Flashcards in MOD - carcinogenesis + behaviours of tumours Deck (108)
what two types of meat can cause colorectal cancer?
- red meat
- processed meat
what carcinogens are workers exposed to in aluminium production, coal gasification, coke production, iron and steel industries?
eg cadmium and nickel
mining of hematite and uranium exposes miners to what carcinogen?
what sort of cancers have been reported among woodworkers\?
cancers of the sinonasal cavities and paranasal sinuses
what industry exposes workers to the carcinogens B-napthylamine and 4-aminobiphenyl?
what type of cancer is seen in workers in boot/shoe manufacture and repair?
what is EPIC?
The European Prospective Investigation into Cancer and Nutrition (EPIC) study is one of the largest cohort studies in the world, with more than half a million (521 000) participants recruited across 10 European countries and followed for almost 15 years. EPIC was designed to investigate the relationships between diet, nutritional status, lifestyle and environmental factors, and the incidence of cancer and other chronic diseases.
what are the 6 categories of human carcinogens?
Chemicals e.g. PAHs, nitrosamines
Infectious agents e.g. human papilloma virus, Helicobacter pylori
Radiation e.g. UV light, radon
Minerals e.g. asbestos, heavy metals
Like cadmium and nickel
Physiological e.g. oestrogen, androgens
Chronic inflammation – free radicals and growth factors
what are PAHs
Polycyclic aromatic hydrocarbons (PAHs) are a group of more than 100 different chemicals that are released from burning coal, oil, gasoline, trash, tobacco, wood, or other organic substances such as charcoal-broiled meat
they are carcinogens
what type of cancer does exposure to aflatoxin cause? and what is it?
a mold found on food products such as corn and peanuts, peanut butter
what 4 types of cancer does alcohol cause?
pharynx, larynx, oesophageal, liver
what type of cancer does asbestos cause?
(ie of the lung pleura)
what type of cancer do x-rays cause?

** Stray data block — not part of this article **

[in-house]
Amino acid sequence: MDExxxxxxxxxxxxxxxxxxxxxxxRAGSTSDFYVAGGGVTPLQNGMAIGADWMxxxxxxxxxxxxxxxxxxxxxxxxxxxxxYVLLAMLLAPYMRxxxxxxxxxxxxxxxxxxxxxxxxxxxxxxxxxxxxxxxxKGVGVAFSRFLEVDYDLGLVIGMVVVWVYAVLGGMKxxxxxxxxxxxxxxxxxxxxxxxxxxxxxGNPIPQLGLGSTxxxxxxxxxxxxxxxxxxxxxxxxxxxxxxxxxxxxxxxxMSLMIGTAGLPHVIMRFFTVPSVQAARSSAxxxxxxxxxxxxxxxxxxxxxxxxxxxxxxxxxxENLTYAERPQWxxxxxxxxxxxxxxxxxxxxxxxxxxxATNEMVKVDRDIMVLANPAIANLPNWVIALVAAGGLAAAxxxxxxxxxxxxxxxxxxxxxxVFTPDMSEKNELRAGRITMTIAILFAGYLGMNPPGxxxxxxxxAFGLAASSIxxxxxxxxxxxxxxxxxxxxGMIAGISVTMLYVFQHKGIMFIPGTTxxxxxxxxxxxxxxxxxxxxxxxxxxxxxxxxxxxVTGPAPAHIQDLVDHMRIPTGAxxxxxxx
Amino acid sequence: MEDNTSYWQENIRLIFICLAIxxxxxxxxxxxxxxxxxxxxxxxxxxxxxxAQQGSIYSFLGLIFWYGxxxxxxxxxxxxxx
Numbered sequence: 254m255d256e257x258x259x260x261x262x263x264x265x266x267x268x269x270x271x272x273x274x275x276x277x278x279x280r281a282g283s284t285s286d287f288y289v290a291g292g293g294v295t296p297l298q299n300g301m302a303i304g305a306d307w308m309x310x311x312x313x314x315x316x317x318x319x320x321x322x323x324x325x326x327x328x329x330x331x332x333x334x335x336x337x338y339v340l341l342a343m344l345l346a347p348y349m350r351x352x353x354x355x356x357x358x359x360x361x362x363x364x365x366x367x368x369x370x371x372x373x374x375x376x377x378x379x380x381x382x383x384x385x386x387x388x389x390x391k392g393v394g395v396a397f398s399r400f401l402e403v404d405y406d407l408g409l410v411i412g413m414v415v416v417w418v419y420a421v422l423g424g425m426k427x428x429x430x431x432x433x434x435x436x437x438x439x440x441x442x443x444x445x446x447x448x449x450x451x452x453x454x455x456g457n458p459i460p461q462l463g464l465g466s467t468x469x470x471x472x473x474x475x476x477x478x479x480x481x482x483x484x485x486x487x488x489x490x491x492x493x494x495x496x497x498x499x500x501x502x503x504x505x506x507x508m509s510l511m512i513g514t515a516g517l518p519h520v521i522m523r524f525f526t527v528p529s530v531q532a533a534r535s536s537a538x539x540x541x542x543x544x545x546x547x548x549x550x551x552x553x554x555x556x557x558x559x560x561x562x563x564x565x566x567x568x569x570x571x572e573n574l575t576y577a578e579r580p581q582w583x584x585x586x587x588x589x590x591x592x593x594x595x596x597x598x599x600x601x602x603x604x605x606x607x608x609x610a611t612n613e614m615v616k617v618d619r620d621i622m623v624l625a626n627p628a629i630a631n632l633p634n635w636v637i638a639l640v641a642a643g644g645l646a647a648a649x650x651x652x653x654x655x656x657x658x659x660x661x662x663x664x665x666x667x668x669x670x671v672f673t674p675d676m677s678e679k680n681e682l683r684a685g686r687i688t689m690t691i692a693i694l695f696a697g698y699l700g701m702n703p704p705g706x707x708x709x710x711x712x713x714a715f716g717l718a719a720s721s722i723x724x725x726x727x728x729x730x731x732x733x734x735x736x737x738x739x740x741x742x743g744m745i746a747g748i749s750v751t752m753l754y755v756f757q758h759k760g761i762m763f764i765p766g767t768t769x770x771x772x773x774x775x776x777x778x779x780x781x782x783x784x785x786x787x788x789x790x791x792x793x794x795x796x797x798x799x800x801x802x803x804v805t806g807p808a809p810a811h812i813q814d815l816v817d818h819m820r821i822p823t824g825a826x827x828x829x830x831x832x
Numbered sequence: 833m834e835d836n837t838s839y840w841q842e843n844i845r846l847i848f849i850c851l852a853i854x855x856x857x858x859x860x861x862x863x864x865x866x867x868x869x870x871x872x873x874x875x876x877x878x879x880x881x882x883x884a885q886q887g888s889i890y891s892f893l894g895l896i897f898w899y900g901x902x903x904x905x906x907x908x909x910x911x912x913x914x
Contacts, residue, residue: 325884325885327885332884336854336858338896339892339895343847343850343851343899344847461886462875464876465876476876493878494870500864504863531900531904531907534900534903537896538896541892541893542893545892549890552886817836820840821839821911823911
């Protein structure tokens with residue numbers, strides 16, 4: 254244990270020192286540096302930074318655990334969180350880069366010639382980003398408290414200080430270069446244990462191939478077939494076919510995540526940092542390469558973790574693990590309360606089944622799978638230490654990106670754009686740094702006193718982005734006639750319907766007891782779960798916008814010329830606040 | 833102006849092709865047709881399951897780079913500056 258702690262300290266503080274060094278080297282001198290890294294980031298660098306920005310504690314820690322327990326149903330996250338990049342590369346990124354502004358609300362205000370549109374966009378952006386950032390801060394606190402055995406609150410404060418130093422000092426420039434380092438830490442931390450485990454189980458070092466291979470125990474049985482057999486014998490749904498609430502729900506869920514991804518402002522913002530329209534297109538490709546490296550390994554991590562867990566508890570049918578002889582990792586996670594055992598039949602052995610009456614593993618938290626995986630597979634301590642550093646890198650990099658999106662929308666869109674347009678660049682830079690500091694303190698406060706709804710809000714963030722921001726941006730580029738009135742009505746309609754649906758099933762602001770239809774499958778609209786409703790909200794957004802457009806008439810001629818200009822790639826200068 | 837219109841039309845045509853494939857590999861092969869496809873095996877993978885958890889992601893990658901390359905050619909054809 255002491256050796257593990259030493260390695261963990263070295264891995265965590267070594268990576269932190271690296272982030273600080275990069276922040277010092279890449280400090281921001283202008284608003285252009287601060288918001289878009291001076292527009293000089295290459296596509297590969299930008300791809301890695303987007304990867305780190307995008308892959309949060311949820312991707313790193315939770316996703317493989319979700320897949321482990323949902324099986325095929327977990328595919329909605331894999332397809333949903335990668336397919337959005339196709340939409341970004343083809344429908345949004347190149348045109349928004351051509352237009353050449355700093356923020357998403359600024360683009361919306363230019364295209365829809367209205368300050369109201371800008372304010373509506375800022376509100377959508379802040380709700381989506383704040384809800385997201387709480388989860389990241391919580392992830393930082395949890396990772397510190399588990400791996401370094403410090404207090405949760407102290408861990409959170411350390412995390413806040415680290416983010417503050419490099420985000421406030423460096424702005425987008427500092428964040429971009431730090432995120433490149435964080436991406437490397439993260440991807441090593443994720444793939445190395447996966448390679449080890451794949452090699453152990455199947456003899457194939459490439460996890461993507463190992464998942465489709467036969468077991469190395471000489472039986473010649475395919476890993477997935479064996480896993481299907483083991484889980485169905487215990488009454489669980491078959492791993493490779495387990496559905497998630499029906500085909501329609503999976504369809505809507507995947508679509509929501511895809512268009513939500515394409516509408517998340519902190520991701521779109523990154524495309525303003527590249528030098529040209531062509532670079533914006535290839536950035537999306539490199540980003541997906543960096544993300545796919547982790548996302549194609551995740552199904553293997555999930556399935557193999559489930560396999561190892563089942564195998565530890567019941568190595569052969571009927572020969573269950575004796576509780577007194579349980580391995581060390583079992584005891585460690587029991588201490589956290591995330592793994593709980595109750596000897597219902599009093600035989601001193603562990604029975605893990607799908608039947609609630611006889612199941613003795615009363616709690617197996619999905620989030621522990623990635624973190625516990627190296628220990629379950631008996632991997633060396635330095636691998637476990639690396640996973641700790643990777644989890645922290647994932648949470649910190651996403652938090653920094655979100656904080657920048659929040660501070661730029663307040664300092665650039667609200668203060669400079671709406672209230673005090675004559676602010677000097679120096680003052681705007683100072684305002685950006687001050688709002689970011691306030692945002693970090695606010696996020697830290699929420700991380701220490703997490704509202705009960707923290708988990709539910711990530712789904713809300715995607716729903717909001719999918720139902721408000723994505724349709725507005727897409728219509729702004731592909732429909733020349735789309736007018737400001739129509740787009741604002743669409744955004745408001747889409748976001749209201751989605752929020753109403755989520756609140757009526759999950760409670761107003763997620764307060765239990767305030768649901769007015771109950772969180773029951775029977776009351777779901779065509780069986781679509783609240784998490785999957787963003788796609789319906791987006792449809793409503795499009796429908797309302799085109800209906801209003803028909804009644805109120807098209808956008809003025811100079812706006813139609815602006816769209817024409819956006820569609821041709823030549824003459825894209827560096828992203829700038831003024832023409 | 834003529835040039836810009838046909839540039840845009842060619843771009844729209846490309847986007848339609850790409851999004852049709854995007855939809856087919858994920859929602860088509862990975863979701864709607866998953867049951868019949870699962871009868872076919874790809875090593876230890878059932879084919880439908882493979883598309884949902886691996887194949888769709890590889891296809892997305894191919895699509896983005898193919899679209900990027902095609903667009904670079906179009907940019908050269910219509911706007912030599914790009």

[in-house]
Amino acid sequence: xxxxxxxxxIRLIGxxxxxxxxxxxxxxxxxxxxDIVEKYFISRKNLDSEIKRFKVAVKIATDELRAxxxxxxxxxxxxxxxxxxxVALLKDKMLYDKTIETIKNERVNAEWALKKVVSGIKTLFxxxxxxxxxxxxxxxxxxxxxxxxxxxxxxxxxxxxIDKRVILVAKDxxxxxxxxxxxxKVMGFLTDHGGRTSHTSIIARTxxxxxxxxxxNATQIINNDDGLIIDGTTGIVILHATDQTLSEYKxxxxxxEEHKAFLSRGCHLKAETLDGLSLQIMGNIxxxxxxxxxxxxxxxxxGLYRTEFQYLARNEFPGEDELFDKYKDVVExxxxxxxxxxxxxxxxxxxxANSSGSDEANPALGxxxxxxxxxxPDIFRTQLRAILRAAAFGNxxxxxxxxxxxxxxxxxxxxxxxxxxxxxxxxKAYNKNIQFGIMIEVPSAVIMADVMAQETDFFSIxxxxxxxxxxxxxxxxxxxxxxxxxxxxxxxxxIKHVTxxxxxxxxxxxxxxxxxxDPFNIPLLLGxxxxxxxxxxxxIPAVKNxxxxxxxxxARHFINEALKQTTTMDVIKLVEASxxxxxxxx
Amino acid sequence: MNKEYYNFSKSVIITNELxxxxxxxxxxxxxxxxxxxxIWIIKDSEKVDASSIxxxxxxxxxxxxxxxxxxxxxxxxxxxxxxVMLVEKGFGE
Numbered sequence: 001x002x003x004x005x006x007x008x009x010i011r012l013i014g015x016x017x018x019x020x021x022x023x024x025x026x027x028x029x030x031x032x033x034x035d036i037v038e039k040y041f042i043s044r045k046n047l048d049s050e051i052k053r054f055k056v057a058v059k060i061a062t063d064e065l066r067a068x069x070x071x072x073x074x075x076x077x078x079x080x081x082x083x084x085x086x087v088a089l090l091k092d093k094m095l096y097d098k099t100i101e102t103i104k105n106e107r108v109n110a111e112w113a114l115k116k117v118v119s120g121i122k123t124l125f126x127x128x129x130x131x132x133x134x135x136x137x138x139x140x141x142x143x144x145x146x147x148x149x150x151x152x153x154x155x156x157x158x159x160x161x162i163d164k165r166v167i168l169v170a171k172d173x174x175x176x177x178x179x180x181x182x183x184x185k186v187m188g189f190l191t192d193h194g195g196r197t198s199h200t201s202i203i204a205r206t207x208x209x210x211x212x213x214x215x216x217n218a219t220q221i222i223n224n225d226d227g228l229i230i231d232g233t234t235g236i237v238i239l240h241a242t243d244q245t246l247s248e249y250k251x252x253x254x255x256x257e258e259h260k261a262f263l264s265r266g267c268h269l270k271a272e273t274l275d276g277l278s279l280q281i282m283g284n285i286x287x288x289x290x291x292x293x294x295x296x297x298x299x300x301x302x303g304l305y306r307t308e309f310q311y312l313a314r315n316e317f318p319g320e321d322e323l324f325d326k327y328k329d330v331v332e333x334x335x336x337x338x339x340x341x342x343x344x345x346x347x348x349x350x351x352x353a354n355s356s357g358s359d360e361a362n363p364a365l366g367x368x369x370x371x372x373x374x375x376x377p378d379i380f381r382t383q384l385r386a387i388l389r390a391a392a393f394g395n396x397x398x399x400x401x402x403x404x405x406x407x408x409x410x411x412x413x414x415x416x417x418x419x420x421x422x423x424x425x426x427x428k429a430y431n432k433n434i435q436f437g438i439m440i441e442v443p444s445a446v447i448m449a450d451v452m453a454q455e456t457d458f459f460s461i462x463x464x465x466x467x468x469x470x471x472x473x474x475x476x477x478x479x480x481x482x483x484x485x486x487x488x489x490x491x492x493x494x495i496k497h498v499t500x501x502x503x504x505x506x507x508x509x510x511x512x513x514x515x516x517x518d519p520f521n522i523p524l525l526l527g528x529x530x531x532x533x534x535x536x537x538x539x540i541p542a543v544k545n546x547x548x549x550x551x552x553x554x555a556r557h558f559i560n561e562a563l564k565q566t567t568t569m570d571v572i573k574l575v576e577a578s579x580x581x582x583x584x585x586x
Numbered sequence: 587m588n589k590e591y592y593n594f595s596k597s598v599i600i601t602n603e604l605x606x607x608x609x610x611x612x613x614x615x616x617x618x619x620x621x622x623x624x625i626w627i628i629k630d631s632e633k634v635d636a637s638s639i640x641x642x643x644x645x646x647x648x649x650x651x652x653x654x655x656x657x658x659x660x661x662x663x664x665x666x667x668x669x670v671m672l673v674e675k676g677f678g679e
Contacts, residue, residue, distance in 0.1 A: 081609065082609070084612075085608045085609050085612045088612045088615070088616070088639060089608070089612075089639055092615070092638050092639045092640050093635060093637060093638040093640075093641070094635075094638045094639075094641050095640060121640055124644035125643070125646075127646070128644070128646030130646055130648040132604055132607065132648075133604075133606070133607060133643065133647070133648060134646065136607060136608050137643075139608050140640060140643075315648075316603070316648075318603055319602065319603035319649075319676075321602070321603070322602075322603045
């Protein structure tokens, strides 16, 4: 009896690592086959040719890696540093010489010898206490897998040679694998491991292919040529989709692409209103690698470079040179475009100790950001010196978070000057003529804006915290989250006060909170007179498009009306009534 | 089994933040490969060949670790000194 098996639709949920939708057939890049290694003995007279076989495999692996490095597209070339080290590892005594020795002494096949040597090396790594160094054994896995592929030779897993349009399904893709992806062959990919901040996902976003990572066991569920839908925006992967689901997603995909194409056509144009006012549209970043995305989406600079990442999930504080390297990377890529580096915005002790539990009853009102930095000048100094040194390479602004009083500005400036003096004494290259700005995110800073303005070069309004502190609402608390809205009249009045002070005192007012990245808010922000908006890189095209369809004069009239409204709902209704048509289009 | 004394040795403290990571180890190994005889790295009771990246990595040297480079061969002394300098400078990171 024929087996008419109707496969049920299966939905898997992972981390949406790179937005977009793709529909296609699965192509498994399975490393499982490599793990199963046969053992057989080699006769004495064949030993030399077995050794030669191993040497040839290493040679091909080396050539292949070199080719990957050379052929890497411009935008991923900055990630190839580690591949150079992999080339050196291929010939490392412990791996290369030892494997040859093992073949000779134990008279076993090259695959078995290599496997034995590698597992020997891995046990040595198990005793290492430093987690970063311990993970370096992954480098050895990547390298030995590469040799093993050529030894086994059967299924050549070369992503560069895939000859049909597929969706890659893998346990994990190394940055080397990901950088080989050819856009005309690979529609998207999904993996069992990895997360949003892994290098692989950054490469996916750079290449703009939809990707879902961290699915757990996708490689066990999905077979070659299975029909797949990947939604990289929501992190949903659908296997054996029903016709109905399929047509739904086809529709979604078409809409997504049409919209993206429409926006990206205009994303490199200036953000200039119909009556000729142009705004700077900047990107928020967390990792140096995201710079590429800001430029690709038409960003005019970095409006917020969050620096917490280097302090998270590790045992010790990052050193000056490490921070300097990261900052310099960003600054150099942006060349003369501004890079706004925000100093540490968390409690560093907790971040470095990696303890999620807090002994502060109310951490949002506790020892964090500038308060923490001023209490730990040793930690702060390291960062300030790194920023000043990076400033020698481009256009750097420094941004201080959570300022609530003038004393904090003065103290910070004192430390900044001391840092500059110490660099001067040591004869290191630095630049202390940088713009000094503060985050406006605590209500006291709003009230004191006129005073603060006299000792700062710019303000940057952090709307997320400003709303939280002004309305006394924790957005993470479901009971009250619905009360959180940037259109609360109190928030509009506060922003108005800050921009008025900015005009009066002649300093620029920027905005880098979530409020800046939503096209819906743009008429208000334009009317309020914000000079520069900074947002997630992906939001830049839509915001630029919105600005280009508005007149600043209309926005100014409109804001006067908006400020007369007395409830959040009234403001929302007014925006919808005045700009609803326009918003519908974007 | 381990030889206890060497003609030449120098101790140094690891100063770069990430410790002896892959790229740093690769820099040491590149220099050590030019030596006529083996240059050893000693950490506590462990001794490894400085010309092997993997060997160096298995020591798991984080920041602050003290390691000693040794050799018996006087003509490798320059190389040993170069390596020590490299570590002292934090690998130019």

leukaemia (bone marrow)
what kind of cancer does oestrogen cause?
what 6 types of cancer does smoking cause?
lung, mouth, oesophagus, pancreas, kidney, bladder
what kind of cancer does HPV (human papilloma virus) cause?
what is a carcinogen?
any agent that significantly increases the risk of developing cancer
what are the 3 types of carcinogen?
- modify or damage dna (genotoxic)
- induce proliferation and DNA replication (non-genotoxic)
- initiate and promote
- eg UV light
what 2 steps does initiation of cancer (mutation induction) require?
- chemical modification of DNA
- replication of modified DNA and mis-incorporation by DNA polymerase
what are the two ways in which promoters contribute to carcinogenesis?
- by stimulating the 2 rounds of DNA replication required for mutation fixation
- by stimulating clonal expansion of mutated cells, which enables the accumulation of further mutations
what are the 3 stages of carcinogenesis?
why are you a lot more likely to get a basal cell carcinoma than a melanoma?
because cancer is directly related to levels of cell division
Basal cells and maelanocytes (produce melanin) are exposed to the same amount of uv light but, because basal cells replicate more in normal physiology, you are 10 fold more likely to get a basal cells carcinoma than a melanoma
This would support a hypothesis that cell division, and by inference DNA replication, is a significant risk factor for the development of cancer
what genetic change is associated with chronic myeloid leukaemia?
translocation on chromosome 22 (Philadelphia translocation)
what is aneuploidy?
Aneuploidy is the presence of an abnormal number of chromosomes in a cell, for example a human cell having 45 or 47 chromosomes instead of the usual 46.
mutations which result in an over-activation in which genes can cause cancer?
activation of proto-oncogenes
mutations which result in an inactivation in which genes can cause cancer?
inactivation of tumour suppressor genes (TSGs)
what is a colloquial name for a common type of promoter sequence?
what does methylation of promotor sequences result in?
loss of gene expression of said gene
what are the two 'umbrella' ways that carcinogens can induce cancer?
- interact directly with DNA
(eg oxygen radicals, UV light, ionising radiation, nitrogen mustard)
- require enzymatic (metabolic) activation before they react with DNA
(eg polycyclic aromatic hydrocarbons - PAH, found in burnt organic products)